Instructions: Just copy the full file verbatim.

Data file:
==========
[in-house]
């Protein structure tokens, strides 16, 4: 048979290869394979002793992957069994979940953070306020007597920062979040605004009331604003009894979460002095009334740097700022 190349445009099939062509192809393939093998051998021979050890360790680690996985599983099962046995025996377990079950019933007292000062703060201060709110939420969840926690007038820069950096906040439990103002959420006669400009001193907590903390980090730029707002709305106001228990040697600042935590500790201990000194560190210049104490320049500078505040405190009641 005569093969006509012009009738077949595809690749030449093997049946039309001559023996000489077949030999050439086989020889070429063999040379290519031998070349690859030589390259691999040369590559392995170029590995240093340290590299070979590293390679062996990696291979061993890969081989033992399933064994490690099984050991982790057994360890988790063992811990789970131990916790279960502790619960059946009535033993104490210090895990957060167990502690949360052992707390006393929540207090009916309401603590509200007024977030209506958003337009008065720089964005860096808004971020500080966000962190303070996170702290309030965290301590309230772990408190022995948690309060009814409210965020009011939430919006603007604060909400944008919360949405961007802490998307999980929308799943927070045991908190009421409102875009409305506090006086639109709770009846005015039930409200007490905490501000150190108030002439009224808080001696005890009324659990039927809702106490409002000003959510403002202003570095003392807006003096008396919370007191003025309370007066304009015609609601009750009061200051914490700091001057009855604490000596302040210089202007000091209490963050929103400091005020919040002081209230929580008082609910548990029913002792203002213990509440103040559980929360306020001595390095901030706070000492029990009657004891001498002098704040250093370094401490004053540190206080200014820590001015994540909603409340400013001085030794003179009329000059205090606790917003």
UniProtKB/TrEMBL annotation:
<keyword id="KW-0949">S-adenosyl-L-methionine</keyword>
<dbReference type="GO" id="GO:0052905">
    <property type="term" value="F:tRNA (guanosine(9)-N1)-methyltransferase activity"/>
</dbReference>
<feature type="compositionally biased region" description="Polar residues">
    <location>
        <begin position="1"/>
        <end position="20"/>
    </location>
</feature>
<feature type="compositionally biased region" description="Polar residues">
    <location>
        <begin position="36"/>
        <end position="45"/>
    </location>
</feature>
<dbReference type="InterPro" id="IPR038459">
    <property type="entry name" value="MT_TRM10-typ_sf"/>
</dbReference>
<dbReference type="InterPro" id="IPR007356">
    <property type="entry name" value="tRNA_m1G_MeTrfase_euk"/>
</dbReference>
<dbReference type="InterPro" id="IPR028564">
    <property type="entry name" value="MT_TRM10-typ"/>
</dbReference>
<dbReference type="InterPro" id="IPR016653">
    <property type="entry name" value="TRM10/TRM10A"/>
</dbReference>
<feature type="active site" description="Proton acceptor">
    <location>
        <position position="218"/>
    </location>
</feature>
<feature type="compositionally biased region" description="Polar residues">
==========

[in-house]
């Protein structure tokens, strides 16, 4: 048979290869394979002793992957069994979940953070306020007597920062979040605004009331604003009894979460002095009334740097700022 190349445009099939062509192809393939093998051998021979050890360790680690996985599983099962046995025996377990079950019933007292000062703060201060709110939420969840926690007038820069950096906040439990103002959420006669400009001193907590903390980090730029707002709305106001228990040697600042935590500790201990000194560190210049104490320049500078505040405190009641 005569093969006509012009009738077949595809690749030449093997049946039309001559023996000489077949030999050439086989020889070429063999040379290519031998070349690859030589390259691999040369590559392995170029590995240093340290590299070979590293390679062996990696291979061993890969081989033992399933064994490690099984050991982790057994360890988790063992811990789970131990916790279960502790619960059946009535033993104490210090895990957060167990502690949360052992707390006393929540207090009916309401603590509200007024977030209506958003337009008065720089964005860096808004971020500080966000962190303070996170702290309030965290301590309230772990408190022995948690309060009814409210965020009011939430919006603007604060909400944008919360949405961007802490998307999980929308799943927070045991908190009421409102875009409305506090006086639109709770009846005015039930409200007490905490501000150190108030002439009224808080001696005890009324659990039927809702106490409002000003959510403002202003570095003392807006003096008396919370007191003025309370007066304009015609609601009750009061200051914490700091001057009855604490000596302040210089202007000091209490963050929103400091005020919040002081209230929580008082609910548990029913002792203002213990509440103040559980929360306020001595390095901030706070000492029990009657004891001498002098704040250093370094401490004053540190206080200014820590001015994540909603409340400013001085030794003179009329000059205090606790917003």
UniProtKB/TrEMBL annotation:
<keyword id="KW-0949">S-adenosyl-L-methionine</keyword>
<dbReference type="GO" id="GO:0052905">
    <property type="term" value="F:tRNA (guanosine(9)-N1)-methyltransferase activity"/>
</dbReference>
<feature type="compositionally biased region" description="Polar residues">
    <location>
        <begin position="1"/>
        <end position="20"/>
    </location>
</feature>
<feature type="compositionally biased region" description="Polar residues">
    <location>
        <begin position="36"/>
        <end position="45"/>
    </location>
</feature>
<dbReference type="InterPro" id="IPR038459">
    <property type="entry name" value="MT_TRM10-typ_sf"/>
</dbReference>
<dbReference type="InterPro" id="IPR007356">
    <property type="entry name" value="tRNA_m1G_MeTrfase_euk"/>
</dbReference>
<dbReference type="InterPro" id="IPR028564">
    <property type="entry name" value="MT_TRM10-typ"/>
</dbReference>
<dbReference type="InterPro" id="IPR016653">
    <property type="entry name" value="TRM10/TRM10A"/>
</dbReference>
<feature type="active site" description="Proton acceptor">
    <location>
        <position position="218"/>
    </location>
</feature>
<feature type="compositionally biased region" description="Polar residues">